Q: Although I have no problem getting job interviews when I send out my resume, these conversations always end the same way. Interviewers praise my experience, but say they would prefer to hire someone with a college degree. I started this job search two years ago, and it's the same story everywhere I apply.
In 10 years with my present company, I have been promoted several times and received glowing reviews. My only reason for leaving is that I'm tired of being paid less than people who have degrees. I don't have time to go to school, so how do I get around this degree problem?
A: A college degree appears to be a widely accepted standard in your line of work. You've been able to rise through the ranks in your own company based solely on ability, but the lack of education puts you at a competitive disadvantage in the larger job market. This may not seem fair, but it's reality.
Your current problem is largely a matter of supply and demand. If people with degrees were in short supply, then your odds of being hired would be greater. But since today's tight job market makes more degreed applicants available, you're facing a lot of competition.
Some interviewers might be satisfied if you were simply enrolled in a degree program, so don't dismiss the education option too quickly. Many reputable, accredited institutions now provide courses online, and some may even give credit for work experience, so returning to school could be easier than you think.
But if more schooling is unrealistic, then you'll have to work around that limitation. You might target smaller companies with less rigid employment standards or take on contract projects to demonstrate your value to potential employers. But if you enjoy your present job, the best solution might be to convince management that your extensive experience warrants a pay increase.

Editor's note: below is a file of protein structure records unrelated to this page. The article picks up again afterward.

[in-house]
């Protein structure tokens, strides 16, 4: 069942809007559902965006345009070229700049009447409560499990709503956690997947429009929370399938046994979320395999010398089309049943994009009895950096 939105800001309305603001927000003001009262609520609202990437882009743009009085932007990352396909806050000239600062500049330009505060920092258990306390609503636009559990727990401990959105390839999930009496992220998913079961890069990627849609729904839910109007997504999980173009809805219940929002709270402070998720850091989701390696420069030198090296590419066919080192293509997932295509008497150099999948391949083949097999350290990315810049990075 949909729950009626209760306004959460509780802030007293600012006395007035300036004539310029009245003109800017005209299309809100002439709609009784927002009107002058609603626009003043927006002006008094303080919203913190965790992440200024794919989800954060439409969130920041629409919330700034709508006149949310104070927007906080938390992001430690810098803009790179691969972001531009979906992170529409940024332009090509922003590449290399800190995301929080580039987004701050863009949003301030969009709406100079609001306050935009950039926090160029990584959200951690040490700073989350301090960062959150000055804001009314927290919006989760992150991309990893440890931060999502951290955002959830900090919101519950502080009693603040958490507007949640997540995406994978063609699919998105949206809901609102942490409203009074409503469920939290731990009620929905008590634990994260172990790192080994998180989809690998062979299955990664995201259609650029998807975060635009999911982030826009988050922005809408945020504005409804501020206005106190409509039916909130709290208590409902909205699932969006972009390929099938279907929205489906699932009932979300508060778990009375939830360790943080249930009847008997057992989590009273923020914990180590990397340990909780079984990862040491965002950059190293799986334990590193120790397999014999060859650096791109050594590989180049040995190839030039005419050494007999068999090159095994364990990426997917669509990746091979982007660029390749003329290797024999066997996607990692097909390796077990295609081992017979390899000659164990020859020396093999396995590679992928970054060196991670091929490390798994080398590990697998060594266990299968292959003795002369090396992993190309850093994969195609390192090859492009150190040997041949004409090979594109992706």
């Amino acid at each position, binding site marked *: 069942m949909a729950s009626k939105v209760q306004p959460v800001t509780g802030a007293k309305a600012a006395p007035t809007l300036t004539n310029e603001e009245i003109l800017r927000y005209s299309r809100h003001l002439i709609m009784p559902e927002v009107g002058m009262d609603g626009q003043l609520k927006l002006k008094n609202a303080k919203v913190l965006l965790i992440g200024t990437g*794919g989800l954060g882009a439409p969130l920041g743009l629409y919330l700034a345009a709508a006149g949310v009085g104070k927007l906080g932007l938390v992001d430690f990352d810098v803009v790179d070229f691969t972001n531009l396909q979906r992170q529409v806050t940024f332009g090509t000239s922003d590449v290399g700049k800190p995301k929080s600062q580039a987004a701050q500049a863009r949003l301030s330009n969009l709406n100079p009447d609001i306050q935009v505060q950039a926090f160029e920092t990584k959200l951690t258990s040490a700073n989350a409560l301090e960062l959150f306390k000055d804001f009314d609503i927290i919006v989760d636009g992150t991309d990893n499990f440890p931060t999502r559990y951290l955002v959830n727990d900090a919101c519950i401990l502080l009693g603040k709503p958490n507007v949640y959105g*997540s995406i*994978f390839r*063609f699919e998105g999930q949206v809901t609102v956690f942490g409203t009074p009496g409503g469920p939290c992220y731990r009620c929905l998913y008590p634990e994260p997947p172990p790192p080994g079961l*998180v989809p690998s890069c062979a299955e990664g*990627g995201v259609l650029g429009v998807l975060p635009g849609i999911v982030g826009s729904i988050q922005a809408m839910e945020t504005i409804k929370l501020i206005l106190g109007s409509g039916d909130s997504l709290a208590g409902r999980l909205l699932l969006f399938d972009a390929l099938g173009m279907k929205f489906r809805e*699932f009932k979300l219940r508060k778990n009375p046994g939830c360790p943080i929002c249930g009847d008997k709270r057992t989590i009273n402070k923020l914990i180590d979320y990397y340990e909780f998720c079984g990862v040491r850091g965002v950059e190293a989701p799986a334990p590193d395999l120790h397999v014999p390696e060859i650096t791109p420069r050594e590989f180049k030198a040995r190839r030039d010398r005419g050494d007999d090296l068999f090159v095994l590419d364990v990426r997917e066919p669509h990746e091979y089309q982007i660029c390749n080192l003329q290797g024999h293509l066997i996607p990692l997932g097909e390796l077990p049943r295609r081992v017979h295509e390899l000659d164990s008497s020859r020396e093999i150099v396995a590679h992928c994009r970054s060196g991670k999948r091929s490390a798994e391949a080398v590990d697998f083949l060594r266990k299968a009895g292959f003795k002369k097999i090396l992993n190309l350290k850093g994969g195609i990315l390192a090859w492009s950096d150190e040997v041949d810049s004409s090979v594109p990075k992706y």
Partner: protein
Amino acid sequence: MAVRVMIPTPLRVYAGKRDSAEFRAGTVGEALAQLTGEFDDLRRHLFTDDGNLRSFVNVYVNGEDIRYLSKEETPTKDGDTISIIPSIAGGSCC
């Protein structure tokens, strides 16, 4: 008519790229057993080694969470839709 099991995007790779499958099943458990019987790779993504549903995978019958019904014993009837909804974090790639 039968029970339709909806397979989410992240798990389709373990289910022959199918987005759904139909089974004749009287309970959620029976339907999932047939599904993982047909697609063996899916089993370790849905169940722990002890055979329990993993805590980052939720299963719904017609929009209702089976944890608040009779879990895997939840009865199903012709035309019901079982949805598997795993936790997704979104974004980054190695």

Whatever approach you choose, the bottom line is that after two years of frustration, you should stop beating your head against this brick wall and start looking for ways to go around it.
Enlist help of boss
Q: The drama queen in our office reports to me. Unfortunately, my boss is always making concessions for her. How can I keep my manager from undermining my authority?
A: Your high-maintenance employee will never change as long as your boss continues to enable her, so the two of you need to get on the same management page as quickly as possible. The best strategy may be to simply ask your boss for help.
For example: "Whenever I give Marcy an answer she doesn't like, she goes to you for a different opinion. To keep us from contradicting each other, I would appreciate your letting me know when she comes to you with problems. That way, I can be sure that you have all the facts."
Difficult employees often play the game of pitting one person against another, so smart managers always try to present a united front.
Marie G. McIntyre is a workplace coach and the author of "Secrets to Winning at Office Politics."